U.S. federal law enforcement officials are warning companies of a systematic effort by computer enthusiasts and possibly hackers to mark and map nonsecured Wi-Fi 802.11b wireless access points in many major metropolitan areas.
Bill Shore, a special agent with the U.S. Federal Bureau of Investigation (FBI)'s Pittsburgh field office, recently contacted private-sector members of the local FBI InfraGard chapter to warn them of a process known as "warchalking" -- the physical marking of a building to denote an open wireless access point.
InfraGard chapters are local partnerships between the FBI and businesses in particular geographic areas, established with the aim of sharing cybersecurity information. There are 56 such chapters in the U.S.
Shore likened warchalking to hobos marking public places that are willing to provide a hot meal, or the way spies mark drop locations for exchanging packages. Although the markings can be used for legitimate purposes, such as denoting a free public-access point, officials fear that the markings being made on corporate buildings will enable hackers, and possibly even terrorists, to more easily locate vulnerable wireless LANs.
The threat posed by warchalking, however, goes far beyond what might be considered isolated incidents of scanning for the presence of wireless networks.
"In Pittsburgh, the individuals are essentially attempting to map the entire city to identify the wireless access points," Shore said in an interview last week. He said there have been no reports of buildings in Pittsburgh being physically marked like some in other parts of the country. However, Web sites have popped up that provide interactive digital maps denoting the precise locations of dozens of Wi-Fi access points in cities such as Pittsburgh, Philadelphia, Boston and Berkeley, Calif., as well as regions of northeast Texas and on various college campuses.
For example, a Web site called Zhrodague Wireless Maps allows war drivers -- those who search for wireless networks -- to submit output from their war-driving escapades and then create digital street-level maps that show the location and signal strength of 802.11b access points. In some cases, satellite photos are used.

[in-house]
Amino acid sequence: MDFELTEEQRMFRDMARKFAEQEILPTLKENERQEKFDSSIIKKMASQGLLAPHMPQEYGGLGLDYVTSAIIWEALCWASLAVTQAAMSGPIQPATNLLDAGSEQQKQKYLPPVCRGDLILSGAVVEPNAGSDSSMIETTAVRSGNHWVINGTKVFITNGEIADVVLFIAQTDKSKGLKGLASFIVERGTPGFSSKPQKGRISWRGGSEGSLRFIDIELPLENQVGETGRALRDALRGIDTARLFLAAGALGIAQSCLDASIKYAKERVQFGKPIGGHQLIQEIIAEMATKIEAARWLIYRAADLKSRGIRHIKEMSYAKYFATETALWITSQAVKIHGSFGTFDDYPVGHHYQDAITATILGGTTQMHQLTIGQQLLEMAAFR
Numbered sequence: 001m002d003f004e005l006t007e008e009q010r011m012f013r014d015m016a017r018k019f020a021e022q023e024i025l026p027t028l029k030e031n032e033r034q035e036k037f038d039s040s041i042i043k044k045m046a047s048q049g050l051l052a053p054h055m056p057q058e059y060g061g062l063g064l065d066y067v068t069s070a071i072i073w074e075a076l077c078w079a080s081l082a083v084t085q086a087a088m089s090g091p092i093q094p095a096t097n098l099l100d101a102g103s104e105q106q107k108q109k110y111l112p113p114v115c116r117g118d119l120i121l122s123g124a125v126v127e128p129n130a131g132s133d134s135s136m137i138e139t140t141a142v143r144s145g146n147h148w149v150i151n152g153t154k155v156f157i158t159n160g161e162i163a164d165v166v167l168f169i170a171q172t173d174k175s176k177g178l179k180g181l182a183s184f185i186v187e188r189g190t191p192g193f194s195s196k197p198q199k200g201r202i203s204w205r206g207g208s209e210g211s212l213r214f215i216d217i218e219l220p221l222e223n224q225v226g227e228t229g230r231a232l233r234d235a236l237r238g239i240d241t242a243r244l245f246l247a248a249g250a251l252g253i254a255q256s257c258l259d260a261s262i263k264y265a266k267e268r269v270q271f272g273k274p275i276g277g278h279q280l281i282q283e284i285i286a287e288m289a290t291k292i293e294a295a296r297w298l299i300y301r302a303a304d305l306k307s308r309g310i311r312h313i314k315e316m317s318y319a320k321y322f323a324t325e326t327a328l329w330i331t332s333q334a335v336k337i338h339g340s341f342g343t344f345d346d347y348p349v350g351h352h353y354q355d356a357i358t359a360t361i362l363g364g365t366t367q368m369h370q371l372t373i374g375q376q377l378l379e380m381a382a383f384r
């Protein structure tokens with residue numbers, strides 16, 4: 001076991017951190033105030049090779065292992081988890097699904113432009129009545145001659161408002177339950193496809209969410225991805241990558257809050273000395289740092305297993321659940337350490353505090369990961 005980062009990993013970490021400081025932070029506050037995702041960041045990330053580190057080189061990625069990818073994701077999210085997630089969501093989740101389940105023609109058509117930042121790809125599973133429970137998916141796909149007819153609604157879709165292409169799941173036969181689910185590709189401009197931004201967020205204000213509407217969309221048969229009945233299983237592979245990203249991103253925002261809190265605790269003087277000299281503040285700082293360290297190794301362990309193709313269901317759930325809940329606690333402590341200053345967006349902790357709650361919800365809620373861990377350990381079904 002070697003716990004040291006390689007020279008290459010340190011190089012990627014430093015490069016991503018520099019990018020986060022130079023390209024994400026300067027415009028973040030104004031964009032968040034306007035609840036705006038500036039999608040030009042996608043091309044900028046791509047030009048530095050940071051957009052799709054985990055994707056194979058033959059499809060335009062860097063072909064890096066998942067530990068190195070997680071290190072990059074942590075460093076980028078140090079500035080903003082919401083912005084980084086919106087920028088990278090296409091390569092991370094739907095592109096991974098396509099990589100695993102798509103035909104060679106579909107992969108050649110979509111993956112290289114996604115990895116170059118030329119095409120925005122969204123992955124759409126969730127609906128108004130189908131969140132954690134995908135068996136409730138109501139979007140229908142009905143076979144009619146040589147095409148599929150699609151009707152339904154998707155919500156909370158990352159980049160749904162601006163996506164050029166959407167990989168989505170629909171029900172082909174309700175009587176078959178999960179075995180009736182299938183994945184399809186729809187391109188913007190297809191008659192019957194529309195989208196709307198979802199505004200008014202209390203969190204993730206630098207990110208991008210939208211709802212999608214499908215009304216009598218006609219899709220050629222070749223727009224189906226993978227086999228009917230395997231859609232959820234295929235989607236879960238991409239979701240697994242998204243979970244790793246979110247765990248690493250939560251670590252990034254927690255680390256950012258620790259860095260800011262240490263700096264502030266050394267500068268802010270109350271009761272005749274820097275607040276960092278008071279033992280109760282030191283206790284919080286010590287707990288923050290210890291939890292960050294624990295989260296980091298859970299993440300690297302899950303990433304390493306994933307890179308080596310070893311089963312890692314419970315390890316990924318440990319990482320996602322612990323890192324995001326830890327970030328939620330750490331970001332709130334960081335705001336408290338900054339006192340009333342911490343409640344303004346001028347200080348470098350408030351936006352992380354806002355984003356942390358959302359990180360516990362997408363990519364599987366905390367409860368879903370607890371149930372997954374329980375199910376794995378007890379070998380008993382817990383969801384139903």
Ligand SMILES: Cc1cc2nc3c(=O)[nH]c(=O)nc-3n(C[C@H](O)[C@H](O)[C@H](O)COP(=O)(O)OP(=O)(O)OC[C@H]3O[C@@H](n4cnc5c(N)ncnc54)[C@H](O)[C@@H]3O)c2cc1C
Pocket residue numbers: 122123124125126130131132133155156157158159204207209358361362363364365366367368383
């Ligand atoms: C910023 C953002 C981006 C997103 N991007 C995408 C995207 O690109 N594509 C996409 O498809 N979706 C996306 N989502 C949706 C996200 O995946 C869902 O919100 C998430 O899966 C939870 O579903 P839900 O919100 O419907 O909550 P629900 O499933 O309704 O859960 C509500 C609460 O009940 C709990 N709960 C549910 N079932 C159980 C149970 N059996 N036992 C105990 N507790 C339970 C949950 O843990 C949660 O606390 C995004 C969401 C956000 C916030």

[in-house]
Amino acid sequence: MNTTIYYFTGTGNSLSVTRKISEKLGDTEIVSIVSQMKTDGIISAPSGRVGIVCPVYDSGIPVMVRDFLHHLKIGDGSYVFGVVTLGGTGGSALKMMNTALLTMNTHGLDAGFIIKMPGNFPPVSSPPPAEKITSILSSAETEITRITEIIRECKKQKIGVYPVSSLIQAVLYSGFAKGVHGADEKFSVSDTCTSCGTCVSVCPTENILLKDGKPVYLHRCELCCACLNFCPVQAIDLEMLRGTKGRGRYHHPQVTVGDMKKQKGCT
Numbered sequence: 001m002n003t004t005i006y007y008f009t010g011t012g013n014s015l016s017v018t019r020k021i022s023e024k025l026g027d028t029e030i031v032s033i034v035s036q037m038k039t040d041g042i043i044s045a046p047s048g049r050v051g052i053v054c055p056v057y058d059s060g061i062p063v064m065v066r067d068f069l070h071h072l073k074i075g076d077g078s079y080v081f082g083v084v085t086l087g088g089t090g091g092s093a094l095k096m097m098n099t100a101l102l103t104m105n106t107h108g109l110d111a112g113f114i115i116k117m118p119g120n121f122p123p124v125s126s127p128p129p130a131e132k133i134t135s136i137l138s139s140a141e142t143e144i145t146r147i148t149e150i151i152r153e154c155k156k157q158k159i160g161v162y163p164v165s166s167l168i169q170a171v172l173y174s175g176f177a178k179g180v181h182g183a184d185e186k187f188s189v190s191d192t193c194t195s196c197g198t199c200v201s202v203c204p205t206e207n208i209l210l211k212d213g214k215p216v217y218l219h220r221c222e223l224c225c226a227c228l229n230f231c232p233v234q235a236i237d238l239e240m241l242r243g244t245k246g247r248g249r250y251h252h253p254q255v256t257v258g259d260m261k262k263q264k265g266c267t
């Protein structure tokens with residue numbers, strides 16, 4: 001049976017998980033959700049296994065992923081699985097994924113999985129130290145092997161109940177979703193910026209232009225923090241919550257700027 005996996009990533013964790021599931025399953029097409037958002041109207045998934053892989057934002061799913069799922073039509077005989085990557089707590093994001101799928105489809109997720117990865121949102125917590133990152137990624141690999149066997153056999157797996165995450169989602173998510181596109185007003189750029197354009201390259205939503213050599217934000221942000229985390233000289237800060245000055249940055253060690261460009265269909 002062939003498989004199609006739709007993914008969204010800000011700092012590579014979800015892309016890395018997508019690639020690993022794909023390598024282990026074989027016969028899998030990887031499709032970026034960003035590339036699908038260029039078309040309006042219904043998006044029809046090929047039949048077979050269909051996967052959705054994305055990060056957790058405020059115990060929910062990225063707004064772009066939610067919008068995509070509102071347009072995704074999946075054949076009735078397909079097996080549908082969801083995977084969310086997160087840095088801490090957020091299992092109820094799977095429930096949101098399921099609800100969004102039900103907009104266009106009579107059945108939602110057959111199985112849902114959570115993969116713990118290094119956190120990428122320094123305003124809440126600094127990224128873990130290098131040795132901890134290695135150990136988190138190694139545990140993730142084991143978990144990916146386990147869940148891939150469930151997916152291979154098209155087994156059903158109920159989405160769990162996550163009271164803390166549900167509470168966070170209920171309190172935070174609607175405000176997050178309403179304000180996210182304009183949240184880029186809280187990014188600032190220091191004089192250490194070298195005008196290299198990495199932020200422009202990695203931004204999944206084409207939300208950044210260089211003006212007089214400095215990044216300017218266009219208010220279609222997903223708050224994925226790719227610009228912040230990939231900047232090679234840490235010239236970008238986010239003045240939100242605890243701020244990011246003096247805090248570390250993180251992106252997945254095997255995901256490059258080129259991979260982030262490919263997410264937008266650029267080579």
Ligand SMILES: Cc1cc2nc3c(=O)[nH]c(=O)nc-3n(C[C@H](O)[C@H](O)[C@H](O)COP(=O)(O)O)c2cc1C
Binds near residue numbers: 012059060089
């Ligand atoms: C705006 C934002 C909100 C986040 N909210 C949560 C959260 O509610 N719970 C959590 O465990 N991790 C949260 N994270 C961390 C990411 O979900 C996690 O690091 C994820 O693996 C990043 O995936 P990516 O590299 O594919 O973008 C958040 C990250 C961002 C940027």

The site, which advertises itself as a service that puts "Wi-Fi on the map," includes more than 28,000 entries from war-driving results in Boston alone.
Shore acknowledged the threat such markings and Web sites pose to ongoing criminal and counterintelligence investigations, especially antiterrorism investigations.
The ability of criminals and terrorists to spot the markings and then use vulnerable corporate wireless networks for anonymous Internet access "poses a real problem" for law enforcement, he said.
But William Harrod, director of the investigative response division at TruSecure Corp. in Herndon, Va., and a 14-year veteran of the FBI, downplayed the security significance of warchalking. He said that terrorists or serious criminals are unlikely to rely on it for identifying access points.
Harrod also downplayed the utility of having online interactive maps for terrorist activities. "It's not terribly hard to find access and gain that access," he said.
Other security experts take the matter more seriously.
Steve Ocepek, chief technology officer at San Francisco-based wireless security consulting firm Wholepoint Corp., said warchalking is a growing phenomenon that definitely poses a security risk.
"It makes it that much easier for a hacker to launch an attack," said Ocepek, adding that online mapping can also be another important planning tool in a potential terrorist's toolbox. "Wireless is a perfect way to make yourself anonymous."
Thubten Comerford, CEO of White Hat Technologies Inc., a Westminster, Colo.-based security firm, agreed that warchalking and online warchalk maps make an already dangerous problem worse. "The risks to companies and organizations is enormous," Comerford said. "Anyone could launch an attack . . . without much fear of being traced."